Summary: In the design of God, Israel has a unique position. It was Israel with whom God made His covenant by the call of Abraham. It was Israel to whom God reveals His Name and gave His law. It was to Israel that He sent His prophets.....
“Thou shalt keep therefore his statutes, and his commandments, which I command thee this day, that it may go well with you, and with thy children after thee, and that thou mayest prolong thy days upon the earth, which the Lord thy God giveth thee, for ever.” [Deut.4: 40 KJV]
“It is time for thee, Lord, to work: for they have made void thy law. Therefore I love thy commandments above gold; yea, above fine gold.” [Psalm 119: 126, 127 KJV]
In this teaching you will learn to read your Bible which is the Living Word of God, not with the eyes of a Gentile Jesus, not with the eyes of a Protestant Jesus or a Catholic Jesus, but with the eyes of a Jewish Jesus. You will realize that Jesus and His disciples weren’t converted Jews but rather were practicing Jews - keepers of the Law [or Torah] of God.
Some mistakenly believe that the 10 Commandments are the curse and that one is in danger of coming under that curse if he or she obeys God’s laws.
Instead of being harmful, obedience to God’s holy law yields many benefits. The 10 Commandments are really guidelines for an abundantly happy life. Our Heavenly Father has given these instructions to us—His children—because He loves us and wants what is best for us. God’s commandments are analogous to guidelines that wise parents in human families give to their children. Keeping God’s law can only bring benefits.
Let me explain. When we disobey God’s instructions to us no matter how hard we try to justify ourselves it brings consequences no one wants! As a result of Adam and Eve’s disobedience, they were barred from the Garden of Eden (Genesis 3:17, 22-24). Due to repeated disobedience and rejection of God’s laws, the nations of Israel and Judah were conquered by enemy nations and carried captive out of the Promised Land.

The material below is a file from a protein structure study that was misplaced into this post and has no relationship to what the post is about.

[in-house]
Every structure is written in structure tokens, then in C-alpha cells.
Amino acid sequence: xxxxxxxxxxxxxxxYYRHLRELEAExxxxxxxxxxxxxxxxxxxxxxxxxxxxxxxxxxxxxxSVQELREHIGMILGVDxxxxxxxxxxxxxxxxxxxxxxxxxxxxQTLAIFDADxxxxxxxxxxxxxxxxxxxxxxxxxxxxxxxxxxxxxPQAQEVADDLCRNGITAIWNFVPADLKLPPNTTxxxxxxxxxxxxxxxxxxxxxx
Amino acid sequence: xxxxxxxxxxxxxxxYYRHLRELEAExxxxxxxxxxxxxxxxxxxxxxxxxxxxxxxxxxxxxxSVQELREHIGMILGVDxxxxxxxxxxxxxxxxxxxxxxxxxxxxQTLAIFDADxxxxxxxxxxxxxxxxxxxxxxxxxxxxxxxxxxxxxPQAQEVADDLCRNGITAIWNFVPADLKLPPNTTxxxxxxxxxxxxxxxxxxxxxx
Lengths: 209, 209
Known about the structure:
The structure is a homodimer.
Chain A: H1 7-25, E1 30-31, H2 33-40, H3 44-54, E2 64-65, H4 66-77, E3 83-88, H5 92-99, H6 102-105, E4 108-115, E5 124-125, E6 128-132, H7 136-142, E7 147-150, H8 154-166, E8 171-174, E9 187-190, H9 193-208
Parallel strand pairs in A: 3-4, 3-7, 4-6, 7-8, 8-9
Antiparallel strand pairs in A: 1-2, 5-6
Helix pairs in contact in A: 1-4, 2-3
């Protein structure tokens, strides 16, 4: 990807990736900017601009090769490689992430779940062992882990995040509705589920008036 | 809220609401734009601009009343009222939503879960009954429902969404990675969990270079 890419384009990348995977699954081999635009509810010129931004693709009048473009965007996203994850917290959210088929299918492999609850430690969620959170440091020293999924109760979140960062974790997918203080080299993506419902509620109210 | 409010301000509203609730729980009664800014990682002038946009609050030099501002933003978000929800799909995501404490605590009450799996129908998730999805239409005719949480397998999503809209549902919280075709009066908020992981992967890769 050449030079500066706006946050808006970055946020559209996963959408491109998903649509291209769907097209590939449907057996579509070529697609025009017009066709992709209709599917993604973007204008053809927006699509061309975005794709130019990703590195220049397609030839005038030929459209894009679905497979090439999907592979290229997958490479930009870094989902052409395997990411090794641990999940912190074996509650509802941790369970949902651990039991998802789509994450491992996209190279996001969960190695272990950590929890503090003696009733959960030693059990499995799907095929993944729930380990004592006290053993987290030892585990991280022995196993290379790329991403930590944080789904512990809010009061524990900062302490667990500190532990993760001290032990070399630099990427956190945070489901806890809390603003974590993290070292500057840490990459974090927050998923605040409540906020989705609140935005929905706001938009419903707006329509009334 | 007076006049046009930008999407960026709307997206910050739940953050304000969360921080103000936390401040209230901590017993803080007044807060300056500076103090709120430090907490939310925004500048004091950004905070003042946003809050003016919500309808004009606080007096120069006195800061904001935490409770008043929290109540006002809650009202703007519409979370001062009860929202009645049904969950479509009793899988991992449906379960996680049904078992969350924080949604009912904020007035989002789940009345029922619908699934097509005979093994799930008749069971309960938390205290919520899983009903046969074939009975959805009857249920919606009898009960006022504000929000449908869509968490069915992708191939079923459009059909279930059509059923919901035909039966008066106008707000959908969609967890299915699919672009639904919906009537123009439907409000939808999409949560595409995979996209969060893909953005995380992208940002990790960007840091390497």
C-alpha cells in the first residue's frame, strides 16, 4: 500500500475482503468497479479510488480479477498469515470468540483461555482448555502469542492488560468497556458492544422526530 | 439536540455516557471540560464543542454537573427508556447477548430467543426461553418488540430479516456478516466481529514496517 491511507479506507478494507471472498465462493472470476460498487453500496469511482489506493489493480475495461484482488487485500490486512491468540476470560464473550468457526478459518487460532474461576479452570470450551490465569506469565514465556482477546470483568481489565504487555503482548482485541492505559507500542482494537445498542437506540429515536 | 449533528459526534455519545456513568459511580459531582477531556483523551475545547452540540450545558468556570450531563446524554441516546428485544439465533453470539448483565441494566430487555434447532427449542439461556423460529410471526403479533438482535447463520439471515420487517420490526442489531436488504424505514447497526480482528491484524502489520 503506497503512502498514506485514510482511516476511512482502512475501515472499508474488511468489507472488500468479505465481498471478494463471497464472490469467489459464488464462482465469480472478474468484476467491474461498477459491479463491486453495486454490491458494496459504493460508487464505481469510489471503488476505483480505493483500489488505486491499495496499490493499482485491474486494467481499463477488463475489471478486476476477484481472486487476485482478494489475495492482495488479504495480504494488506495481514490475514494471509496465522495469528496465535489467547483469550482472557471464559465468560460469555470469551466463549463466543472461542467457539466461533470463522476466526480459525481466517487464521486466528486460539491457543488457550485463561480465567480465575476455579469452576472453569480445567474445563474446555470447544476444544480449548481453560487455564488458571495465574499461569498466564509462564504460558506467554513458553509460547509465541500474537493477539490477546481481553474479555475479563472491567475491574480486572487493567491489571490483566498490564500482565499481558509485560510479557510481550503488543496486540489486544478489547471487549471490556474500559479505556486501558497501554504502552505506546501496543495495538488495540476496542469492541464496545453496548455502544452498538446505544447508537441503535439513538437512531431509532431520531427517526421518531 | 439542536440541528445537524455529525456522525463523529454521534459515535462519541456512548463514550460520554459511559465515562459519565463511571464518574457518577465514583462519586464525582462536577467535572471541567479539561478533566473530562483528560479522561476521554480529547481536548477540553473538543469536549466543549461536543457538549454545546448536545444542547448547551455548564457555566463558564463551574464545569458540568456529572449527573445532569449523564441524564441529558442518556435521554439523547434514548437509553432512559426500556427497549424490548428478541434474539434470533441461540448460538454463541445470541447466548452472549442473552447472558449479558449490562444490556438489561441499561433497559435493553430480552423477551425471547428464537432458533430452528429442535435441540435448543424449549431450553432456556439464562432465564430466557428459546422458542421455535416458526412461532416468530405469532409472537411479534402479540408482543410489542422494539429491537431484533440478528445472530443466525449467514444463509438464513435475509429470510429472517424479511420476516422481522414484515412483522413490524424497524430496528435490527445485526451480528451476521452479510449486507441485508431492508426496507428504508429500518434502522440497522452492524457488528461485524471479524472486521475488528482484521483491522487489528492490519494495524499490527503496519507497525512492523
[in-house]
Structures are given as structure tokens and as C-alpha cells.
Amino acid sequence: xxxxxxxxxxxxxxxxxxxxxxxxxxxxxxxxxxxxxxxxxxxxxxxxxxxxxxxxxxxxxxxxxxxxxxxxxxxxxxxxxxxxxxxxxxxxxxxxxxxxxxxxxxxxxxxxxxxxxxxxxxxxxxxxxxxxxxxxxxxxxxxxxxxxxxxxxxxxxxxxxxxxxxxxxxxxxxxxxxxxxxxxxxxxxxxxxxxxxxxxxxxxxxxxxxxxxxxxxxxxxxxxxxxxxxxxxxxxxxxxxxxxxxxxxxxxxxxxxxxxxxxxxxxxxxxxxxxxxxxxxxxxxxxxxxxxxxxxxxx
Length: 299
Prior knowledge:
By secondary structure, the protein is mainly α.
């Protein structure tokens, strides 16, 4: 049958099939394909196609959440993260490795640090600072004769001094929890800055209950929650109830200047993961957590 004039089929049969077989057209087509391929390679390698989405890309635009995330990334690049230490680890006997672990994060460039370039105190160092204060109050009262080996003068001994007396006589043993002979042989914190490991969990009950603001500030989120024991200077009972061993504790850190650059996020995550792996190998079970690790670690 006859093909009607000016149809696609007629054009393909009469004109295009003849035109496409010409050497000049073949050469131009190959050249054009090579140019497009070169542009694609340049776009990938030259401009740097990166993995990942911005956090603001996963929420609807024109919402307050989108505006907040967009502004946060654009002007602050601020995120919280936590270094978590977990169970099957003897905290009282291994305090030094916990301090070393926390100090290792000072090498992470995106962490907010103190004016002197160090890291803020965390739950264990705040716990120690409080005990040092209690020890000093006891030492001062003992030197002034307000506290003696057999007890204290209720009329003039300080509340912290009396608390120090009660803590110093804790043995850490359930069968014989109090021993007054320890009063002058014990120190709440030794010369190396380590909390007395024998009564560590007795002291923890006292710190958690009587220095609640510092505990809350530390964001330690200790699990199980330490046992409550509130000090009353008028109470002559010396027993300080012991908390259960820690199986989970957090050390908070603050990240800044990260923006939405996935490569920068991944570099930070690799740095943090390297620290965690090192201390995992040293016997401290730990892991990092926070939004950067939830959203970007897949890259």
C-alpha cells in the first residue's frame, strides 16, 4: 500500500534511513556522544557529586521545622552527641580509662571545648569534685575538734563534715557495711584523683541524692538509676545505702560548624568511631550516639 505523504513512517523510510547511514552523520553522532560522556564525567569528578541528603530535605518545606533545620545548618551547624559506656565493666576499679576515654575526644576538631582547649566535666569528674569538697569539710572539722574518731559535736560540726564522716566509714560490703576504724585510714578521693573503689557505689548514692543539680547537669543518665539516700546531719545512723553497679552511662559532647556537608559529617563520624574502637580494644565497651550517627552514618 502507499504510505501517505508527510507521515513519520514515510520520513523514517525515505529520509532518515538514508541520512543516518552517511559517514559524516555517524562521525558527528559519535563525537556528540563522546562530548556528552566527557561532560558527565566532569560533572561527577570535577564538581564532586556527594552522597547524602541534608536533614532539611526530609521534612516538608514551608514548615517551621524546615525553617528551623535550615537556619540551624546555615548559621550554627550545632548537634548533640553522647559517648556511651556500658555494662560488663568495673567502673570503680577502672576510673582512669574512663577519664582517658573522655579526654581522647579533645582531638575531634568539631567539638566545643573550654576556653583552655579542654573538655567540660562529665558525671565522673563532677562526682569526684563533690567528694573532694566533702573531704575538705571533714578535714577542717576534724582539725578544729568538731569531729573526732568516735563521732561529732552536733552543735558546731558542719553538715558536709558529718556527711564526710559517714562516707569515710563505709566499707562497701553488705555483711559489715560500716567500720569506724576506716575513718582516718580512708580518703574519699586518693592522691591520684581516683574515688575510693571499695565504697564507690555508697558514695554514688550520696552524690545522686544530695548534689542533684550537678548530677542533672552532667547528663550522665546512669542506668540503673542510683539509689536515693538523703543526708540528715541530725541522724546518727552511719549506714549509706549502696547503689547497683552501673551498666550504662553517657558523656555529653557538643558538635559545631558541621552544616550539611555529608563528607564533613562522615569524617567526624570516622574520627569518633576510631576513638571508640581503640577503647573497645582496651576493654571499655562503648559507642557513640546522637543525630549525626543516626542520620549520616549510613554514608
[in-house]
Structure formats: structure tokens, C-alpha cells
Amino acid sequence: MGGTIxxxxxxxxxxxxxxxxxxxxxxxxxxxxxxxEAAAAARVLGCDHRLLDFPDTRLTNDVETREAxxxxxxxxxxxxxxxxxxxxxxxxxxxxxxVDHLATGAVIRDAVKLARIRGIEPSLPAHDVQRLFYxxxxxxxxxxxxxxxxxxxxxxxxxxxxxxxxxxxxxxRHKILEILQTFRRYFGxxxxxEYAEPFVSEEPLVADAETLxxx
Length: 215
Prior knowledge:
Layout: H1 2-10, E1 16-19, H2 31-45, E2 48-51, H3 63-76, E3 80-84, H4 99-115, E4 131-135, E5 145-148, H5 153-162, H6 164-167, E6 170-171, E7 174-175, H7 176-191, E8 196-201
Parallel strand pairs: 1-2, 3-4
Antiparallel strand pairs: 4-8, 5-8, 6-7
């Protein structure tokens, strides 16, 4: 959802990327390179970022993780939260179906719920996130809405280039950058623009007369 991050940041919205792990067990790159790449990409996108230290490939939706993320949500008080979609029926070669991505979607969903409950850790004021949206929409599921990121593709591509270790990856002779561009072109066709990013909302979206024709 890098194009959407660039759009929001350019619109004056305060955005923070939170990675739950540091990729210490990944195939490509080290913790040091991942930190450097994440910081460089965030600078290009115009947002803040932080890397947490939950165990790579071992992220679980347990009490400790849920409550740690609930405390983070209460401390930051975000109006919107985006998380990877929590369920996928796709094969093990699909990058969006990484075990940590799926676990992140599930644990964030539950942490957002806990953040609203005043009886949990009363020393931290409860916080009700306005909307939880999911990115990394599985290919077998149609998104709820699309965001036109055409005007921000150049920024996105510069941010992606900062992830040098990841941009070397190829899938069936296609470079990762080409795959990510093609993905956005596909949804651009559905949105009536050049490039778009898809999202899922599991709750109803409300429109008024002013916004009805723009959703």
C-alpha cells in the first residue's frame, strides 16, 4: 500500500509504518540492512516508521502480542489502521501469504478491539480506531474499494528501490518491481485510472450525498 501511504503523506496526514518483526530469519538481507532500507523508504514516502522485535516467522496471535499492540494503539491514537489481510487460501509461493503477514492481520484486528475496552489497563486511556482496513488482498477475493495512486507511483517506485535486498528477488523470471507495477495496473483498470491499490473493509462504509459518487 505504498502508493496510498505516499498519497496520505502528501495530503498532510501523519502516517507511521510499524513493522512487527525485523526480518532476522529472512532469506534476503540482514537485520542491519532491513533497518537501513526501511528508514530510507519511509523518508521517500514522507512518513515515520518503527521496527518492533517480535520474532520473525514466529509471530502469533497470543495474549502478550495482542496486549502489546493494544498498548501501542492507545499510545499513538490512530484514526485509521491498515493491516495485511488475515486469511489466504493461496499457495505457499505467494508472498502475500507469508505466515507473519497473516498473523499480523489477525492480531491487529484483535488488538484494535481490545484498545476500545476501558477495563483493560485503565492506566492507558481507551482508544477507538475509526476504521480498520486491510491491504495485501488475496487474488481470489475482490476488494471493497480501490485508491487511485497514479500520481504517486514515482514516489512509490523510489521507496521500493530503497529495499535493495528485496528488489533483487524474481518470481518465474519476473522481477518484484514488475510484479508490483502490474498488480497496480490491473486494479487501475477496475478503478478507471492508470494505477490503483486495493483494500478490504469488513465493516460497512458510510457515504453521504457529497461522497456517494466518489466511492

Naturally, we want the benefits our Father would like to give us and not the punishments that come from disobedience. The ultimate consequence of disobeying God’s law could not be more serious. “Disobeying the law” is just another way of saying, “sin” (see 1 John 3:4). The eventual consequence of rejecting God’s law is death forever—a death from which there is no resurrection (Romans 6:23).
Since Paul said that God’s law is holy, just and good (Romans 7:12), what did he mean by “the curse of the law”? To accurately understand any verse of the Bible, we must read it in its immediate context as well as the context of the rest of the Bible. That is the only way we can be “rightly dividing the word of truth,” as Paul admonished Timothy to do (2 Timothy 2:15).
That the letter of Galatians was written to deal with serious problems is evident from its beginning: “I marvel that you are turning away so soon from Him who called you in the grace of Christ, to a different gospel, which is not another; but there are some who trouble you and want to pervert the gospel of Christ” (Galatians 1:6-7).
This is not a gentle pastoral letter of encouragement; it is obviously dealing with a doctrinal issue—a heretical teaching!
The error infiltrated the Church over several decades through ex-Jewish members who rejected the Church’s policy to allow gentiles to become members of the Church without undergoing physical male circumcision. Even after the Church had formally adopted this policy, these ex-Jewish troublemakers were agitating for the Church to reverse its approach. The agitators possessed a truly legalistic mentality, urging the Church to model itself after Judaism instead of accepting Christ’s leadership.
The fact that it was necessary for the apostle Paul to write this forceful letter demonstrates that those pushing the heresy had achieved a foothold in Galatia.
Their argument centered upon circumcision, which is evident from this emphatic statement: “I could wish that those who trouble you would even cut themselves off!” (Galatians 5:12).
The original language is quite graphic, sarcastically implying that those who are so insistent on circumcision might as well go all the way and emasculate (or mutilate) themselves (Theological Dictionary of the New Testament by Geoffrey W. Bromiley and Word Biblical Commentary, “Galatians” by Richard Longenecker).
Lest anyone miss the actual meaning, circumcision involves surgical cutting. Paul is saying he wishes that these people who are so obsessed with that kind of cutting would cut themselves off, of the Body of Christ entirely because their thinking has no place in the Church of God!
Therefore, the book of Galatians counters the mistaken thinking that salvation could be earned through some legalistic formula. It was not an argument against whether a believer was required to keep God’s law.
There is a world of difference between thinking that salvation can be earned by keeping a set of rules, and the fact that those who receive salvation must live by God’s rules. This distinction is repeated throughout the book.